-at last count have been to 42 States

-I love to meet and learn about other people's journeys

Nurse Kelley :: The Astonishing Life of Colin John Campbell, 1944-2012
CJ's struggles since becoming ill in 2004 have been well-documented. One of his earliest diaries should be required reading for Gov. Romney:

Every day I check my SSA account hoping to find that I qualify for extra help with medications, or that California will once again pay my Part D premiums, or that my Medicaid copayment of $760 a month has been waived so I can afford much needed dental work. To no avail.

Every day I check to see if I have an appointment with one or more of the following: Blood test, CT Scan, Oncologist #1 (for Nerve sheath cancer), Oncologist #2 (for mouth cancer), Cardiologist #1 for Chemo induced heart problems, Cardiologist #2 to check my implanted defibrillator, Neurologist for Chemo induced strokes and seizures, Dermatologist for Chemo induced rashes and skin pain, Primary care doctor for monthly check up, ENT specialist to check mouth cancer, Radiation tech to check my progress after 4 months of radiation on my neck, tongue and mouth. Cool, only have three appointments next week.

Every day I get dunning calls and letters from collection agencies, sometimes polite, mostly insulting "pay the bill or no doctors in this town will see you." I usually offer to send them the other arm (cancer took the left arm 5 years ago).

Every day I sit at my computer and try to budget a way for $1461 a month to pay for rent+utilities ($1050), health care premiums, meds, payment of past bills ($240), food for myself and my son ($200), transportation, public, can't drive ($50). So I don't eat out, don't go to movies. My older kids help make up the shortfall every month. Bless them.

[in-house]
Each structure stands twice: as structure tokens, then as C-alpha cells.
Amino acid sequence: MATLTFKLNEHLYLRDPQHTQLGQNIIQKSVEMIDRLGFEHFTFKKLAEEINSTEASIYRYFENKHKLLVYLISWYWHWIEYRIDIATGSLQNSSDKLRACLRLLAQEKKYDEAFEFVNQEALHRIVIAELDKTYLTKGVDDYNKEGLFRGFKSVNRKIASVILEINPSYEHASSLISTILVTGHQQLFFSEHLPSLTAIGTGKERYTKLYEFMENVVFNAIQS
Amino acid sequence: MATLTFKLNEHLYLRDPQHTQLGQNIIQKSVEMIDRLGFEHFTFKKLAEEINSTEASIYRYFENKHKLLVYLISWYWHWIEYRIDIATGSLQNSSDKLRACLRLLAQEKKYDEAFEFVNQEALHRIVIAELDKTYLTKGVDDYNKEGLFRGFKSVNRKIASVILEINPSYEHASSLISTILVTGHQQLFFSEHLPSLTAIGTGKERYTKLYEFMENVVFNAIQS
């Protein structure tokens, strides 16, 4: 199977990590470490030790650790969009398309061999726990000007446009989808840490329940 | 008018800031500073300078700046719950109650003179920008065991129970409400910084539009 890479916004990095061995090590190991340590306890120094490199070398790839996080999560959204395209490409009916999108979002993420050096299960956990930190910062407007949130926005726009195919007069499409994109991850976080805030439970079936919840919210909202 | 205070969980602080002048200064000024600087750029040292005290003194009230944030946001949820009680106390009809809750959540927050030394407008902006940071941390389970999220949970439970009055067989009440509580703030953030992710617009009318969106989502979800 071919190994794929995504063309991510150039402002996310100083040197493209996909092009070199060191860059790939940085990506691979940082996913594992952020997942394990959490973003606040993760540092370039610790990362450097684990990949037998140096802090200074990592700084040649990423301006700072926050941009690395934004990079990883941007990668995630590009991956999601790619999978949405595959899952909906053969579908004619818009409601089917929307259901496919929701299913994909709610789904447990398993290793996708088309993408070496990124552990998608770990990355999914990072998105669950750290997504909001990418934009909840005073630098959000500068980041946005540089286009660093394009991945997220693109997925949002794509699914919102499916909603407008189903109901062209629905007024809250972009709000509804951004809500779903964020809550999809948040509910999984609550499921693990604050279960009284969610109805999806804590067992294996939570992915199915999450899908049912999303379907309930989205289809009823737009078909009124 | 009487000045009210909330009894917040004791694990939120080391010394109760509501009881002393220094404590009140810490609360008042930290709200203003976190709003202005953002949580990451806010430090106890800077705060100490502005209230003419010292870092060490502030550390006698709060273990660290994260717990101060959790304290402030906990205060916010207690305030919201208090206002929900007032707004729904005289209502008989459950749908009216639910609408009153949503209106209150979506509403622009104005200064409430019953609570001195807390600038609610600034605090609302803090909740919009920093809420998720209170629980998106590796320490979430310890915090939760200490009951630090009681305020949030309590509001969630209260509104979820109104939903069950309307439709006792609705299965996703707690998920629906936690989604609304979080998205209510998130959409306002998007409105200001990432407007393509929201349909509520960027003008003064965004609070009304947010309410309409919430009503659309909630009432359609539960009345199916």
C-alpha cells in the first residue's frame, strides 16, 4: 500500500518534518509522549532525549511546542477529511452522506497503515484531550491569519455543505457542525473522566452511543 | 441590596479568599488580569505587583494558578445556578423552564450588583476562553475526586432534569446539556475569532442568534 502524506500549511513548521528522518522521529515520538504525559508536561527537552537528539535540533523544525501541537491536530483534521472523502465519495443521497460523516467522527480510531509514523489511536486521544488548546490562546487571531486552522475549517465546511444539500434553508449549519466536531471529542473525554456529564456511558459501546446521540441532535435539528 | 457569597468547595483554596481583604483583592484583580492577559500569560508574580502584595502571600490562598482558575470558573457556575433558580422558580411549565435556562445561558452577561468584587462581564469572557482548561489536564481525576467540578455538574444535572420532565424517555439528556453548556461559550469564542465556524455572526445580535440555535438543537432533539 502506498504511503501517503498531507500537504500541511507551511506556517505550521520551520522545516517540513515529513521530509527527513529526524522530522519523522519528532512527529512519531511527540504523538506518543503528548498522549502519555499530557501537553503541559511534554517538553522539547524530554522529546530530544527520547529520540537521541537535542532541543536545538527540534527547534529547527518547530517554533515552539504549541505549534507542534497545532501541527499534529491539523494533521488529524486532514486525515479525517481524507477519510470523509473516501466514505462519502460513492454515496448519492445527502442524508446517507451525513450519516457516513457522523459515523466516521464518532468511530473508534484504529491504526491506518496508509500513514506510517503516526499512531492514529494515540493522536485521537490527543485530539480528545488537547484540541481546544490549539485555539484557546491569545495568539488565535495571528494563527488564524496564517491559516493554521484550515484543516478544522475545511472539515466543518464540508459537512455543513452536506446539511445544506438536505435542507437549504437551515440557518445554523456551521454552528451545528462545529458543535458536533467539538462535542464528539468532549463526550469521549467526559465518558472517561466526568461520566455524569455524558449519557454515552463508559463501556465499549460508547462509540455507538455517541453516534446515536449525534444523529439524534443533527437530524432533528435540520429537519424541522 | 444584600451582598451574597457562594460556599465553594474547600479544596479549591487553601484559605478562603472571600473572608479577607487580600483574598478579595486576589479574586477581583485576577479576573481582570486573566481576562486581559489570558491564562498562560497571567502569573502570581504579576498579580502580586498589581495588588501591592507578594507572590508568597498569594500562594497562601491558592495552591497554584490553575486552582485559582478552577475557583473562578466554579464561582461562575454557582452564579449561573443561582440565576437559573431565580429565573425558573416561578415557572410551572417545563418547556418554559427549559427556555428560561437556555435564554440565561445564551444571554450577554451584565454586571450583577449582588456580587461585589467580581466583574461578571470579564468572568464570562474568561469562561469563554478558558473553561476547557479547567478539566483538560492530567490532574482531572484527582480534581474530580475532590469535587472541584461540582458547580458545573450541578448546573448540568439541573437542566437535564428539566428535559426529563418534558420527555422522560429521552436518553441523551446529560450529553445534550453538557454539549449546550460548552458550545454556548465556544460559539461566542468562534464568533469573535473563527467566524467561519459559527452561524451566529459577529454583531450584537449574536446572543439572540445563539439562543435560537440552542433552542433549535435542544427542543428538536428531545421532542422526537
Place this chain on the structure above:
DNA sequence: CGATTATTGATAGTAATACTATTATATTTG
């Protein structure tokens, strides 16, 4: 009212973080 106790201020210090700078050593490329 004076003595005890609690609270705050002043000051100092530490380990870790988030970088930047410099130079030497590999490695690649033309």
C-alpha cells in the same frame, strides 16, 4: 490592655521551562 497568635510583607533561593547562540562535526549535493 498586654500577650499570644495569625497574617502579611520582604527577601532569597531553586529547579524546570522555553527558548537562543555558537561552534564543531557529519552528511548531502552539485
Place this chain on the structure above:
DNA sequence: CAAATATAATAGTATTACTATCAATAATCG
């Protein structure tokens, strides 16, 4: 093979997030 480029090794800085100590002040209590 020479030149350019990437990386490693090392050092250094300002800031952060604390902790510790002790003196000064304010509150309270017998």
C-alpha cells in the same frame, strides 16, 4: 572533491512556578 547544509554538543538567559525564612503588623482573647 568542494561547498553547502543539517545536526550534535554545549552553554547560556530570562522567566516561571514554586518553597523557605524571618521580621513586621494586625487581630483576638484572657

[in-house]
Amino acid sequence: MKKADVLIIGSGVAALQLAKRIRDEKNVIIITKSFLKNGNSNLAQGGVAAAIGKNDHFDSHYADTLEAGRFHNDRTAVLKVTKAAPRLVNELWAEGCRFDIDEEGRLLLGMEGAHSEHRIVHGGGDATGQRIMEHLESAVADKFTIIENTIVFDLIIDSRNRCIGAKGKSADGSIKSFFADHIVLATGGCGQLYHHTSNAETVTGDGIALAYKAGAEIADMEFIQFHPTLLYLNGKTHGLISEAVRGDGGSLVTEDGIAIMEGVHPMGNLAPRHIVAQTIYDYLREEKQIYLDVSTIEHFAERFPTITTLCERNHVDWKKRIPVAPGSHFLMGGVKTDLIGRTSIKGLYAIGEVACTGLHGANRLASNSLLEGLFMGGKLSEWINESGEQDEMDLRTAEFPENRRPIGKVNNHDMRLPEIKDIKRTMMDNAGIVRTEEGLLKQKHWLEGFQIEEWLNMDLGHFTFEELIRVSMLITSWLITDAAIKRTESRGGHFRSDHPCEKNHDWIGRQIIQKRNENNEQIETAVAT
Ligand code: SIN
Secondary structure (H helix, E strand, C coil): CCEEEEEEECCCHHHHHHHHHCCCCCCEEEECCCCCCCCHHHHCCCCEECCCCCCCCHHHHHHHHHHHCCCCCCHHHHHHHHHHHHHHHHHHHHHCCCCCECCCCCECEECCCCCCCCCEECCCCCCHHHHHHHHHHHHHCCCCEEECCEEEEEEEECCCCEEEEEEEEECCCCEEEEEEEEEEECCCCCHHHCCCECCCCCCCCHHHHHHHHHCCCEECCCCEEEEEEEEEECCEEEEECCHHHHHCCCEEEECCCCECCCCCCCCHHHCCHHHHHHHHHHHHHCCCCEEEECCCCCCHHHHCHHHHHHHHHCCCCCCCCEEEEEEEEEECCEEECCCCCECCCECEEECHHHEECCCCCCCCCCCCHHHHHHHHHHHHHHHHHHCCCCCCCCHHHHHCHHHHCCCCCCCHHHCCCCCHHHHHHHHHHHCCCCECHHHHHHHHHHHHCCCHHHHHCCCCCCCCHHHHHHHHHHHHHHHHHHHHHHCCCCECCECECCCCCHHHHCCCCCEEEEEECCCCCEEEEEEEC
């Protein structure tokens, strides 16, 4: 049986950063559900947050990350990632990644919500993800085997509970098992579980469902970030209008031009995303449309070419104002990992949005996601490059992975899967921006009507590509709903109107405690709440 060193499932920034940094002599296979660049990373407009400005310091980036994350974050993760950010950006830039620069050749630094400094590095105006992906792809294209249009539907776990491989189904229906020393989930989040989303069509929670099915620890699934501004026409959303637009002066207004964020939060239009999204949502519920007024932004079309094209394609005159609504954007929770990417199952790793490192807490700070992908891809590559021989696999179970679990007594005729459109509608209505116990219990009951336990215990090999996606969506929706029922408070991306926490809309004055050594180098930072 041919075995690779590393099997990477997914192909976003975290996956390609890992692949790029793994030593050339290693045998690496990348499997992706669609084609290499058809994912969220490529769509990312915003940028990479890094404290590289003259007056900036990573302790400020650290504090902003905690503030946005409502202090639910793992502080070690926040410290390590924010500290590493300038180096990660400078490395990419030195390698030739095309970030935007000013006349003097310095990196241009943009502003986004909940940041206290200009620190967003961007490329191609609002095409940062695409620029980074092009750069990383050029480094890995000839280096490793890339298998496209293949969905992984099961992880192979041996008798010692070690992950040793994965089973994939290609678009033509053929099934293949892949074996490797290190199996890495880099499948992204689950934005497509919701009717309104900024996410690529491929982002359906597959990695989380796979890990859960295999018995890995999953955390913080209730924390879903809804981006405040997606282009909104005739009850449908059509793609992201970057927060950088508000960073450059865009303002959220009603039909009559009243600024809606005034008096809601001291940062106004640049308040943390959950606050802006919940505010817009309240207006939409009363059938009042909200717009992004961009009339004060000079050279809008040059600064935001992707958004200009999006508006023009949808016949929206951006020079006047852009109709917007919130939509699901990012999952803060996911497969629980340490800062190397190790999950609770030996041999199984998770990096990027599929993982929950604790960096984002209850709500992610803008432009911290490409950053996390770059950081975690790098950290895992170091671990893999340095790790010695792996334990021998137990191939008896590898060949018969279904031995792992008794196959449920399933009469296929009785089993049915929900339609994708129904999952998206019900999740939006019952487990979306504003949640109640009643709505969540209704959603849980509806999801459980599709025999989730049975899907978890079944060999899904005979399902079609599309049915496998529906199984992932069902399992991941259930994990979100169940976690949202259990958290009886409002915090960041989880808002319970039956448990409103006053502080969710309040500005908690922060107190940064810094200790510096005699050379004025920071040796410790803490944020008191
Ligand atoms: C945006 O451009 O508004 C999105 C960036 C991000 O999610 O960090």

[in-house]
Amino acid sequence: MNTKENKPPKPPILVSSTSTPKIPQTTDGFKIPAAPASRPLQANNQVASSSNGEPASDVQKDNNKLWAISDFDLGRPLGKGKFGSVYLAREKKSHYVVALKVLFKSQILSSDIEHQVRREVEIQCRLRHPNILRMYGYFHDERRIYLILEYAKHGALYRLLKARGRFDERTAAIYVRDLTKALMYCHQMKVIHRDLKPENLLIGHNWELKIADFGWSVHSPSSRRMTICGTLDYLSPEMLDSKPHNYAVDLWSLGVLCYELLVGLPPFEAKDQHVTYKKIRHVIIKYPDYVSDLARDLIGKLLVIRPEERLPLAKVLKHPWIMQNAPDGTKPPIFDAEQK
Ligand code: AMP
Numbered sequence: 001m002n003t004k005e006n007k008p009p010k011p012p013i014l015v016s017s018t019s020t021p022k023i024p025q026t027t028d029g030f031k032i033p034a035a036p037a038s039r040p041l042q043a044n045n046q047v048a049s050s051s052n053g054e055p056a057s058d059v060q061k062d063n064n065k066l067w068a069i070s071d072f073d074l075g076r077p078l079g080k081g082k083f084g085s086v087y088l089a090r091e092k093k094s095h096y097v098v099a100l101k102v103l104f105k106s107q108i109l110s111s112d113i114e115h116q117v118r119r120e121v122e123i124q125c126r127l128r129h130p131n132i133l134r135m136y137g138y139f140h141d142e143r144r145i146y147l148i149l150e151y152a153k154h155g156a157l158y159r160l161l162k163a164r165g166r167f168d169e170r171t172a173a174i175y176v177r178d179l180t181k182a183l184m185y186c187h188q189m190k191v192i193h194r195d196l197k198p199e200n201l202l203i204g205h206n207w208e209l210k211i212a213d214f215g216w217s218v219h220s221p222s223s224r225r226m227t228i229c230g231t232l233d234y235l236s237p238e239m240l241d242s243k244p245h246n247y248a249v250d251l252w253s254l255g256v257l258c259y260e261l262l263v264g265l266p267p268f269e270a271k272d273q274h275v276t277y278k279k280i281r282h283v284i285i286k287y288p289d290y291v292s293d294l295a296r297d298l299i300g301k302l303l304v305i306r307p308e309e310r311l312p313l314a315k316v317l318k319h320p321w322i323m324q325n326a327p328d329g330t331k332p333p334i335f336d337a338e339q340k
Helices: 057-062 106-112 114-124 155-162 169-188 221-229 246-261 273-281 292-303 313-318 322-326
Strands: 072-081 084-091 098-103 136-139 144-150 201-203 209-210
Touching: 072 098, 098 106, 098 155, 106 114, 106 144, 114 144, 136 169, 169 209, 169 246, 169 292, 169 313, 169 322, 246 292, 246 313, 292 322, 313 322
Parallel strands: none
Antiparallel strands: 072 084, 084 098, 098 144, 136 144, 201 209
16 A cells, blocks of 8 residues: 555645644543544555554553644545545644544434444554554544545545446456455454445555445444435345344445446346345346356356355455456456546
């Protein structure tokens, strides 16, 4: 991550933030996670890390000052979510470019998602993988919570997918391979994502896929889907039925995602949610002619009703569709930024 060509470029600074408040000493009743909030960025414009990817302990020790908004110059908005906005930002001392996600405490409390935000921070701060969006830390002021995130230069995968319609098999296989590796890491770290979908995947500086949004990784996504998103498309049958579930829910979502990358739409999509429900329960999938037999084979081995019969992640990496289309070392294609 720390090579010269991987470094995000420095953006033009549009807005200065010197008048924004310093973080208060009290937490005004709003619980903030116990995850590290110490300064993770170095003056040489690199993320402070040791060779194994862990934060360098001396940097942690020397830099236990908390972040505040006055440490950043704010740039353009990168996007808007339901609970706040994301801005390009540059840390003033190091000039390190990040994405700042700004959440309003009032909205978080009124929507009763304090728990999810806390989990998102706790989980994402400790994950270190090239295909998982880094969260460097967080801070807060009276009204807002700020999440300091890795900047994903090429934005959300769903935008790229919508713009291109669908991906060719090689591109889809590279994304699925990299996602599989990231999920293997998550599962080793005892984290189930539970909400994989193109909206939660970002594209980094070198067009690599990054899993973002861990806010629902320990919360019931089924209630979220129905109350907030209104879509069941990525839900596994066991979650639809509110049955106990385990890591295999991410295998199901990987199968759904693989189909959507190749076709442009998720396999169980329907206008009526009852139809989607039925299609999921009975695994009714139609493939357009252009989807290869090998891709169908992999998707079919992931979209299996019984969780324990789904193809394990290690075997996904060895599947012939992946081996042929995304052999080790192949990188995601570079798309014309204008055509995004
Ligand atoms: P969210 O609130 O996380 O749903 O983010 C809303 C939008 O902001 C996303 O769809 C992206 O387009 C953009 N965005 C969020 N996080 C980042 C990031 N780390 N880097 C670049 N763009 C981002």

Every day I am thankful for great doctors, nurses, techs. My children who help bridge the money gap. And my ex-wife who, with her husband, have become stalwart allies and good friends.

Every day I start on a new diary but run out of energy. Today is different. I am determined to share my story. Health care is not "broken", rather it has been coopted by greedy people who think it's OK to profit on others' pain. The leeches who run the system should go through one week of my life. Wonder how long they would last?


In 2010 CJ became a member of the KosAbility board and, eventually, moderator of the Wednesday diaries. He found and nurtured new writers, encouraged all who wrote and commented even as his own health continued to decline, and played an integral role in making the series so important that it is a featured group on the Daily Kos masthead. One of his last poems was written for the KosAbility community.

THE NEW HORATIOS AT THE BRIDGE
 (For A.E. Houseman)
An outnumbered band of ill-equipped veterans
 Volunteer for duty on this fate deciding day
 Where nurse and priest and blogger stand
 Shoulder-locked in confident array

A quilter and her sister over there
 Stand arrayed beside a kilted Scot
 Mother/fighter for disabled rights. Care
 They for those less able to go not

Where help is needed most. Look see
 The bear arms locked with the math savant
 Himself learning disabled. Many others to be
 Mentioned in this army of care for human want

This bridge will hold, as with Horatio, until
 Every soul is safe and help is an open offer
 We can do no less, for if we don't fulfill
 Our duty to our fellows, what more does life proffer?

© CJ Campbell September 2012

CJ wrote at least one poem every day. The ones about pain and disability are haunting:

LIFE'S A BIT LIKE THAT

Wake up in the morning
To a sink of dirty dishes
Have some eggs for breakfast
Despite your doctor's wishes
Sitting drinking coffee
Absorbing all the dirt
In the local coffee shop
In yesterday's t-shirt
Lunch at one a sandwich
Or some soup out of a can
Then nap all afternoon
Or do puzzles til the man
You've looked forward to comes on
At five to catch you up
With the news outside your walls
He really fills your cup
With the foolishness of those
Who want to lead us all